39. Daily Herald , undated clipping, Ross Scrapbook. In re Grand Jury , 62 F. 834 (S.D. Cal. 1894). Chum Shang Yuen , 57 F. 588 (S.D. Cal. 1893). See infra Chapter Three. [BACK]

40. Act of Feb. 18, 1895, ch. 94, 28 Stat. 665. By retaining original jurisdiction in the old circuit courts in the 1891 Evarts Act but not authorizing any new judges to hear such cases, Congress preserved the system of circuit and

district judges serving as trial judges in circuit courts. Instead of hearing circuit court trials in panels as the system from 1789 contemplated, however, as a practical matter single judges held circuit court between 1891 and the abolition of these tribunals in the 1911 Judicial Code. The movement toward single-judge circuit courts evolved over time ( see E. Surrency, supra note 4, at 43-47). Bradley v. Fallbrook Irrigation Dist. , 68 F. 948 (C.C.S.D. Cal. 1895). See infra Chapter Five. United States v. Stanford , 69 F. 25 (C.C.N.D. Cal. 1895). See infra Chapter Two. [BACK]

41. C. Swisher, supra note 7, at 444-45. San Francisco Call , Dec. 21, 1896, at 1, col. 4. McDevitt, supra note 28, at 90-91. [BACK]

42. San Francisco Call , Feb. 27, 1897, at 3, col. 1. [BACK]

43. Quoted in San Francisco Call , June 7, 1897, at *4, col. 5. [BACK]

44. C. Swisher, Stephen J. Field: Craftsman of the Law 444 (1930; reprint 1969). According to Swisher, the justice "never forgave" President Cleveland for appointing Melville Fuller as chief justice in 1888 instead of elevating him ( id. at 319). [BACK]

45. San Francisco Call , June 7, 1897, at 4, col. 5. Macdonald, "Erskine Mayo Ross: Courageous Jurist and Generous Benefactor," 33 A.B.A. J. 1172, 1244 (1947). In the second instance, President Taft selected his former Sixth Circuit colleague, Horace Harmon Lurton. [BACK]

46. Petitions to the Honorable Eugene Hale and to the Honorable William P. Frye, File of Joseph McKenna, Department of Justice Appointment Files, U.S. Supreme Court, RG 60, National Archives, Washington, D.C. [BACK]

47. McDevitt, supra note 28, at 90. [BACK]

48. San Francisco Call , Dec. 3, 1897, at 1, col. 4. For an expression of McKenna's chances for confirmation, see San Francisco Call , Nov. 25, 1897, at 1, col. 4. [BACK]

49. Gilbert's opposition may also have derived from McKenna's clever maneuvering in 1892 to gain seniority. For reasons that the Senate records do not make clear, the Senate deferred Gilbert's confirmation until March 18, 1892, the day after McKenna's, thus giving the Californian seniority ( see 28 Sen. Exec. J., supra note 31, at 188). Scuttlebutt at the federal courthouse was that the two judges had been at loggerheads ever since McKenna had attempted to impose his own man as clerk of the northern district. Through his connections in Congress, McKenna had succeeded in getting a law passed, as a rider to an appropriation bill, that gave him patronage over this position; the same law accorded Gilbert similar power in the district of Oregon. It is difficult to know how far to credit such expressions of animus. San Francisco Call , Dec. 4, 1897, at 2, col. 3. [BACK]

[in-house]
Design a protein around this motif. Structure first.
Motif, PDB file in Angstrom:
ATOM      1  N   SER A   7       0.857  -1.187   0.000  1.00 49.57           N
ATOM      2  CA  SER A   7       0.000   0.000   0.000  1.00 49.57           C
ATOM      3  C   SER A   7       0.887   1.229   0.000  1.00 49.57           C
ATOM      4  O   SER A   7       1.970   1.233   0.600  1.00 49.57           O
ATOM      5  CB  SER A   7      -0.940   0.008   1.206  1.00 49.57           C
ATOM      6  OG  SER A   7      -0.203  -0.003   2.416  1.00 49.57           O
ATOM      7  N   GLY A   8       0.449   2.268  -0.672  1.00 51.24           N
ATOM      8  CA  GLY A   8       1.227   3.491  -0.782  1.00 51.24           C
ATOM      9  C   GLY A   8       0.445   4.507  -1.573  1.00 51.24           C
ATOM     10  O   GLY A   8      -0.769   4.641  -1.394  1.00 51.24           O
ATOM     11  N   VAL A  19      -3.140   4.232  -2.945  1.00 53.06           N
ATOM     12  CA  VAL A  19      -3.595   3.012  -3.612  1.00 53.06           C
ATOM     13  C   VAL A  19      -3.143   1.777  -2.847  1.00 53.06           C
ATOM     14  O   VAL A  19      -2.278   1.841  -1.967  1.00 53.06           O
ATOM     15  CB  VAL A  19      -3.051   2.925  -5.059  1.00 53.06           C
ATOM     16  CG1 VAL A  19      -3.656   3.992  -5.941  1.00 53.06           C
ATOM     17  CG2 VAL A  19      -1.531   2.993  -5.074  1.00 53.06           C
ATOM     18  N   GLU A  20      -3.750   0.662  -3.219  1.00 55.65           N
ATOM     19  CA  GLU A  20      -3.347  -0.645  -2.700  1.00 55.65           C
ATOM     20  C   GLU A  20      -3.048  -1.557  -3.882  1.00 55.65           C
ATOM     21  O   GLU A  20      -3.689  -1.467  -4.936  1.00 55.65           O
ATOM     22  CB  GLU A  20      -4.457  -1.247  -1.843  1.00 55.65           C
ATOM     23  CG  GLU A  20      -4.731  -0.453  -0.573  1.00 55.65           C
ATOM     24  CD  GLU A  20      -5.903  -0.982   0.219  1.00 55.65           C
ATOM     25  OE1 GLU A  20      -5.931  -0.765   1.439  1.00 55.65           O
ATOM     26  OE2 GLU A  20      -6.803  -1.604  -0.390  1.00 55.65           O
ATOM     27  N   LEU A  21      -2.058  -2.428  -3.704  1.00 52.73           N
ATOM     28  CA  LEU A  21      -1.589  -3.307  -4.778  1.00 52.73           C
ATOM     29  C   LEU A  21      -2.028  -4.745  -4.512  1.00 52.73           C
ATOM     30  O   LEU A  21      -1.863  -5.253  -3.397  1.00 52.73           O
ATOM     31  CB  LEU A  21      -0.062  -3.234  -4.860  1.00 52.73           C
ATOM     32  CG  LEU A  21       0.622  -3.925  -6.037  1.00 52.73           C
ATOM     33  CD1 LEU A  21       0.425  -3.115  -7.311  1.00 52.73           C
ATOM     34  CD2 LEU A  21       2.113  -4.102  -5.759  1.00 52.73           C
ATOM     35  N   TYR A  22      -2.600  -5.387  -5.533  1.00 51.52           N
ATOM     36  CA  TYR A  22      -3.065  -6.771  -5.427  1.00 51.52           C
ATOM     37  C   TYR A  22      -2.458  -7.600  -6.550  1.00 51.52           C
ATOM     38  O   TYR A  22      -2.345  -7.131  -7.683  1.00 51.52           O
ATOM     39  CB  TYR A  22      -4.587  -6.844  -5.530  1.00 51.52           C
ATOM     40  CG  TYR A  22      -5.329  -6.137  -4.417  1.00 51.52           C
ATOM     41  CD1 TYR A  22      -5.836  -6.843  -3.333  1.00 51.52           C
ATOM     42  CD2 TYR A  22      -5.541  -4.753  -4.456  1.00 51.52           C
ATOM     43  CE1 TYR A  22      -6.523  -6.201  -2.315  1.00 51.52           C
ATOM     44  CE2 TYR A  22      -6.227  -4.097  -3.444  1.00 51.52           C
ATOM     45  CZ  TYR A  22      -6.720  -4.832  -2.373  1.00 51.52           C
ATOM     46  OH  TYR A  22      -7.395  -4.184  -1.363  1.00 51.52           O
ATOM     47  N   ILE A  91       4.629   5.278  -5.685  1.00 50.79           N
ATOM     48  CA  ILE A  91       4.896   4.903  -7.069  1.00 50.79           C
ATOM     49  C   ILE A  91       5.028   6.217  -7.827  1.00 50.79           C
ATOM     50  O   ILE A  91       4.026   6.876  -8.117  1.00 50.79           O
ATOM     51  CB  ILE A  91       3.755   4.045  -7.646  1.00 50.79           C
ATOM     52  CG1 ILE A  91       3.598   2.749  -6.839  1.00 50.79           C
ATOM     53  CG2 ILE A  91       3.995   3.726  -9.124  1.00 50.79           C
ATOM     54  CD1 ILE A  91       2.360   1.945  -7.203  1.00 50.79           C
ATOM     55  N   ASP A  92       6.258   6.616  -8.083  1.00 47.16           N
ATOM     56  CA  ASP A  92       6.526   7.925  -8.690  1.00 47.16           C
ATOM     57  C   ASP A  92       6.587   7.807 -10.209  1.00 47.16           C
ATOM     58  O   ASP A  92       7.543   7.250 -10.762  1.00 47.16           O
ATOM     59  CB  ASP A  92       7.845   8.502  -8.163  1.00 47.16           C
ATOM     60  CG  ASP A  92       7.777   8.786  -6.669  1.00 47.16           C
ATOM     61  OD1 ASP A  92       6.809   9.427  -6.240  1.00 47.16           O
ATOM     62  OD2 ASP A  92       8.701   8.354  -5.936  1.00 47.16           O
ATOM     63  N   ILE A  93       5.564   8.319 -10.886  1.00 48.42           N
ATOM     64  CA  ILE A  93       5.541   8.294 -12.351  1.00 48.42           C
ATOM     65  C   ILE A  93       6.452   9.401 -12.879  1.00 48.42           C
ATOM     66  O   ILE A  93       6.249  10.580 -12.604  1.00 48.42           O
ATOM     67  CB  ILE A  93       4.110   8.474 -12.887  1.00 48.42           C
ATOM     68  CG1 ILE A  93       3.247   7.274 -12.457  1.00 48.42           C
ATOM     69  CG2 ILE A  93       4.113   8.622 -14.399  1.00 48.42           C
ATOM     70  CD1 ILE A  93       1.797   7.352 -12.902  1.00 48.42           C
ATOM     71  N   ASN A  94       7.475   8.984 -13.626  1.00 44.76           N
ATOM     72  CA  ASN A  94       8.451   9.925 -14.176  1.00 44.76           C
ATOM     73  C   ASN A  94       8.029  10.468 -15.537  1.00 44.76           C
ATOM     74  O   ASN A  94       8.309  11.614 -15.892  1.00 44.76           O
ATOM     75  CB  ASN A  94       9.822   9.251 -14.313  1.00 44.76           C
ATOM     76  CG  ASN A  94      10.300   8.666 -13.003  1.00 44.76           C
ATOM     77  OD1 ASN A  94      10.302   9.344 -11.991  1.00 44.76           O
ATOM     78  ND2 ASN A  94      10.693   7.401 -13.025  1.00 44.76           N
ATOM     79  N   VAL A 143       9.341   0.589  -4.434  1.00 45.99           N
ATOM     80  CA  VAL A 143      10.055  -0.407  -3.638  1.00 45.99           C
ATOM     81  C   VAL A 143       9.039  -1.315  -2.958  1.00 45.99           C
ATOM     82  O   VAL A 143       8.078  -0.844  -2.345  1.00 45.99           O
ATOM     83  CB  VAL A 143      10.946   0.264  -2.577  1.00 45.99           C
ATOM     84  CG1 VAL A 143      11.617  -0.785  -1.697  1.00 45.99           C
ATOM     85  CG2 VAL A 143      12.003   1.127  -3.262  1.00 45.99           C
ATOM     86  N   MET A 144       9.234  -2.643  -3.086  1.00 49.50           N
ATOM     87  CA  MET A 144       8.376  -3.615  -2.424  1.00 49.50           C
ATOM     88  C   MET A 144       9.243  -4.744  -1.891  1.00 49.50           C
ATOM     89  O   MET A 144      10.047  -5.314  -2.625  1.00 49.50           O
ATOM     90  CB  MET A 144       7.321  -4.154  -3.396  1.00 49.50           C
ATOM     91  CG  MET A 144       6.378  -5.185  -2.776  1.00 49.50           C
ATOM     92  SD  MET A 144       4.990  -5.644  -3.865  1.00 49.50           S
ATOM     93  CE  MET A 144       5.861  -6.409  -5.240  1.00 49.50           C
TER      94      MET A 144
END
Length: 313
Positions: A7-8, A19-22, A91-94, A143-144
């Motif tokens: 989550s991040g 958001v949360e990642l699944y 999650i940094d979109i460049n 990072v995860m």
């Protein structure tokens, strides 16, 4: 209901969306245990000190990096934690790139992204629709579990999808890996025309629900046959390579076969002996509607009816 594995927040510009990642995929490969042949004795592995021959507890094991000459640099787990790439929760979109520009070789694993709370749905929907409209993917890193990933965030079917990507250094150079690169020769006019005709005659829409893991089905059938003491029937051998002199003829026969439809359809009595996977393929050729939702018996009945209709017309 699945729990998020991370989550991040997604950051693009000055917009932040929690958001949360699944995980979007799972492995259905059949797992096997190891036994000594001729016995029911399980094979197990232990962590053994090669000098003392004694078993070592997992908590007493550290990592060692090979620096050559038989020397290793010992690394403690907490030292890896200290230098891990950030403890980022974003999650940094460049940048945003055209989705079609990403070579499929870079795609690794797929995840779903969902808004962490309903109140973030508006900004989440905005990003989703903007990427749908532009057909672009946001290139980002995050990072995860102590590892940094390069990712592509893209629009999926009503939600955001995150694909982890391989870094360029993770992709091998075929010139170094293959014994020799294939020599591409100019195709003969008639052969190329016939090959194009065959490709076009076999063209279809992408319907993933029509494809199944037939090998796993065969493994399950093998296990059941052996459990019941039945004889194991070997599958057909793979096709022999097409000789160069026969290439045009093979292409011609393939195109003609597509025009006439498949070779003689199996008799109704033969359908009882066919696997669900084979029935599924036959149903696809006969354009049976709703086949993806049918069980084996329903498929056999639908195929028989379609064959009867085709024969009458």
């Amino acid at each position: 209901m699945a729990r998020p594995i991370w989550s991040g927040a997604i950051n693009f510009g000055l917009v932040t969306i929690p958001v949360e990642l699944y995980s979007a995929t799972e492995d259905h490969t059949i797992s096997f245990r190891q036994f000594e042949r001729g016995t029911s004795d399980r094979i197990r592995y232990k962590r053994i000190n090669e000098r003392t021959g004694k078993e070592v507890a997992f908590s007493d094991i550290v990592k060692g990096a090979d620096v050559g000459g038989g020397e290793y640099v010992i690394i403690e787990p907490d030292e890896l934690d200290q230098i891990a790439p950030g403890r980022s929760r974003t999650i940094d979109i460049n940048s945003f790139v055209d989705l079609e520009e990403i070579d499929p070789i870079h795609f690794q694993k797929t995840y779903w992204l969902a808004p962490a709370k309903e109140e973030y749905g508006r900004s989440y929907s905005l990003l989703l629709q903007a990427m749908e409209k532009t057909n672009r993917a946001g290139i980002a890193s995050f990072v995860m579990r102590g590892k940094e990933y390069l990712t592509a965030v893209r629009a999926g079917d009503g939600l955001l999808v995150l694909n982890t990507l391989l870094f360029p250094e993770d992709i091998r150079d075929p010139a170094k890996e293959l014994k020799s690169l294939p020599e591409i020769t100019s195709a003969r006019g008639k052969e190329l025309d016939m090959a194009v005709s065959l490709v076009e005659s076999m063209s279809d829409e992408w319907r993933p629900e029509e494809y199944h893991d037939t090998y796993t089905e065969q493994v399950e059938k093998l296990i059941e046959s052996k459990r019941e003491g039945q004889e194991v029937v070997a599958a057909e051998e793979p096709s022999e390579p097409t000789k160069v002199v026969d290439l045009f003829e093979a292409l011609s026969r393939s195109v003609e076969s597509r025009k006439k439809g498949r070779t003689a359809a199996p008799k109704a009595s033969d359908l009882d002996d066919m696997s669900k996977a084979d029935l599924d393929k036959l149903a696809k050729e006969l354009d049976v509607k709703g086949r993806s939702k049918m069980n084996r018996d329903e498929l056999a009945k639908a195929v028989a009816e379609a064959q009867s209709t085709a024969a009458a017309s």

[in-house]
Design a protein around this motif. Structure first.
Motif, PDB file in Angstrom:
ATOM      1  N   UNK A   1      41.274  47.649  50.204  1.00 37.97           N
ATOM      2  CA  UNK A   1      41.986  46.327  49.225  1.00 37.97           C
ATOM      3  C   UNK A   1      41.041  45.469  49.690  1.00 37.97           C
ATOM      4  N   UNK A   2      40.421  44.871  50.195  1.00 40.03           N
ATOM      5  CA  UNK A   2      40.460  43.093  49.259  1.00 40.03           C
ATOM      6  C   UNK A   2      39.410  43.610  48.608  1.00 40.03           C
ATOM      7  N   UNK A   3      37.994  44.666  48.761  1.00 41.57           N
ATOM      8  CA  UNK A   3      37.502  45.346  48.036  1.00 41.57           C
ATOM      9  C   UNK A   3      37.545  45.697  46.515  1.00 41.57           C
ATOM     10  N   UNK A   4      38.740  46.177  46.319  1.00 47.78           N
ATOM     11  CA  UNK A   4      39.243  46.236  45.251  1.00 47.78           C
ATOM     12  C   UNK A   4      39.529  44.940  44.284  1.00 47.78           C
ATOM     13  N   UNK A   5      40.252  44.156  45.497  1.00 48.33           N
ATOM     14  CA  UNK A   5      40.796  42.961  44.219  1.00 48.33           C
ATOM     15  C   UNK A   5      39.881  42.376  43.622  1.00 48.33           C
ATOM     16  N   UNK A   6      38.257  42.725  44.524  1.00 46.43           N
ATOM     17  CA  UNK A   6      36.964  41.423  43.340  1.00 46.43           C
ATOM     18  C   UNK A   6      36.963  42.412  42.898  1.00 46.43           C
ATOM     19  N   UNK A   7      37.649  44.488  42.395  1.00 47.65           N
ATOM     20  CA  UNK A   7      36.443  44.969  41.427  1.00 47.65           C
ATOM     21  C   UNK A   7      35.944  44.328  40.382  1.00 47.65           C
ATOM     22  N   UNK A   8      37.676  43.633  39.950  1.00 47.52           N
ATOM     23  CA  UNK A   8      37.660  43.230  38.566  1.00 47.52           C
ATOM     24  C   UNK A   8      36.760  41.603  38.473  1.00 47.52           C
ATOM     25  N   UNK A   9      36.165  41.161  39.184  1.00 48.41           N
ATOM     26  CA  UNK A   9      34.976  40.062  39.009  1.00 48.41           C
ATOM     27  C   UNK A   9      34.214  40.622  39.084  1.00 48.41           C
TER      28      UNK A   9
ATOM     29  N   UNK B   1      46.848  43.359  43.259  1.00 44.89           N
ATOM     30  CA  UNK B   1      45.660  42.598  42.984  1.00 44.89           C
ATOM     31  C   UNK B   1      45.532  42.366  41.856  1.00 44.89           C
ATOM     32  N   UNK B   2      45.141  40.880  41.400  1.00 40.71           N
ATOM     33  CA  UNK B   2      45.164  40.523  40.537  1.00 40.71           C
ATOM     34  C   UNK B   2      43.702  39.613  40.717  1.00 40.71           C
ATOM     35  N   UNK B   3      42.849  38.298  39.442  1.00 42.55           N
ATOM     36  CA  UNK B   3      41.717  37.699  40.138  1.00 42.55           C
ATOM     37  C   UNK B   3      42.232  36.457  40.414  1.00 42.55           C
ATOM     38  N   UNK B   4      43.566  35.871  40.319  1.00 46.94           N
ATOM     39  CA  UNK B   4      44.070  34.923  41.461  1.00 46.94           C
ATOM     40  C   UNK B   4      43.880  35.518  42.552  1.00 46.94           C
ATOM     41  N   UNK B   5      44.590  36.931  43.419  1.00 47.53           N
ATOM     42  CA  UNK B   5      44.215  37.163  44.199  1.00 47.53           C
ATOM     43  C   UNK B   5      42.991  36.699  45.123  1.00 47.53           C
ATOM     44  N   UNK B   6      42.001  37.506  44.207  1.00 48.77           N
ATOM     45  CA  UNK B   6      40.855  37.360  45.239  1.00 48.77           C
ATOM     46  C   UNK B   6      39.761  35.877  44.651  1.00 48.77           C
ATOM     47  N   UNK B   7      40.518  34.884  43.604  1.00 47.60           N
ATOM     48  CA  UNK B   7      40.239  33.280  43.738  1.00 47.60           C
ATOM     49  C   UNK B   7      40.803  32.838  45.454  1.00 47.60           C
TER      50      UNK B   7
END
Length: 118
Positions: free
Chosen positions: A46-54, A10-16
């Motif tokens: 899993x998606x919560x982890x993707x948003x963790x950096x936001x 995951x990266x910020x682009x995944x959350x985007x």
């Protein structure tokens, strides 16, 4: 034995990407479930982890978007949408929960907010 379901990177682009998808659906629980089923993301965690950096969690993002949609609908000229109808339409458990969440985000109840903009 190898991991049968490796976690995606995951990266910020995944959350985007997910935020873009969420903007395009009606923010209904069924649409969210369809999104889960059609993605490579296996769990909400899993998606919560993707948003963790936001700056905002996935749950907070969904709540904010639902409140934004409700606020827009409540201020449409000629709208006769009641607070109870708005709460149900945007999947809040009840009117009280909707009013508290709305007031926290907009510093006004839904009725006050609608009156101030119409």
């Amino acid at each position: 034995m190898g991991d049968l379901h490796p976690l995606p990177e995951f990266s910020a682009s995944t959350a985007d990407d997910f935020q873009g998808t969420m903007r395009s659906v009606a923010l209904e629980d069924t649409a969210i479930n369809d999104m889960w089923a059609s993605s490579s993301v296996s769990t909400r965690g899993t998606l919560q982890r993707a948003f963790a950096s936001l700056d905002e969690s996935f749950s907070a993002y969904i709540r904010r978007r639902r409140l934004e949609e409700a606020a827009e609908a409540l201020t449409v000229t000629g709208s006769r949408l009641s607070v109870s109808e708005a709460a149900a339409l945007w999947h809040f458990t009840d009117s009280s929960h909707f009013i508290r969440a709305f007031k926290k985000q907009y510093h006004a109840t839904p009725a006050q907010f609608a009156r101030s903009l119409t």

50. San Francisco Call , Dec. 4. 1897, at 2, col. 1. [BACK]

51. See , e.g., San Francisco Call , Dec. 4, 1897, at 6, col. 2. On the delay, see San Francisco Call , Dec. 5, 1897, at 1, col. 7; id. Dec. 5, 1897, at 6, col. 2; id. Dec. 6, 1897, at 3, col. 1; id. Dec. 7, 1897, at 5, col. 1. San Francisco Call , Dec. 7, 1897, at *6, col. 1. San Francisco Call , Jan. 22, 1898, at *3, col. 3. On his confirmation, see 32 Sen. Exec. J. 509 (1898), available at National Archives, Washington, D.C. [BACK]

52. Historical and Contemporary Review of Bench and Bar in California 119 (1926); O. Shuck, supra note 28, at 655. [BACK]

53. O. Shuck, supra note 28, at 656. [BACK]

54. United States v. Cassidy , 67 F. 698, 702 (N.D. Cal. 1895). The charge measures eighty-two pages in the Federal Reporter and was thought to be exceeded by only one other charge in a known jurisdiction, that of Lord Chief Justice Cockburn in the Tichborne case. "William W. Morrow," 10 Calif. L. Rev. 1, 4 (1921). This charge is compiled in a book-length printed manuscript, The Tichborne Trial (1874). [BACK]

55. "William W. Morrow," supra note 53, at *6. O. Shuck, supra note 12, at 656. See infra Chapter Six. [BACK]

56. From 1900 to their respective dates of retirement, Gilbert wrote 1,172 opinions, an average of just over 39 per year; Ross produced 637 opinions, an average of 24.5 per year; and Morrow was responsible for 405 opinions, an average of 14.46 per year (E. Evans, "A Work Sheet of Judicial Labor of Appellate Federal Courts," 1943 Wis. L. Rev. 313, 321). These figures do not include the countless additional cases upon which they sat as nisi prius judges in circuit court before 1912. Morrow's statistics come out less favorably in part because he retired in 1923 and has six year of what we now call senior status service factored into his yearly average. Moreover, for all three judges, arguably their most productive years were the 1890s, before Evans began his count. Nor did he factor in the large number of trials handled by these judges in the circuit courts until their abolition in 1911. Judge William Hunt, who served on the court beginning in 1911, produced 545 opinions in his 17 years of service, an average of 32.05 per year ( id. at 321). [BACK]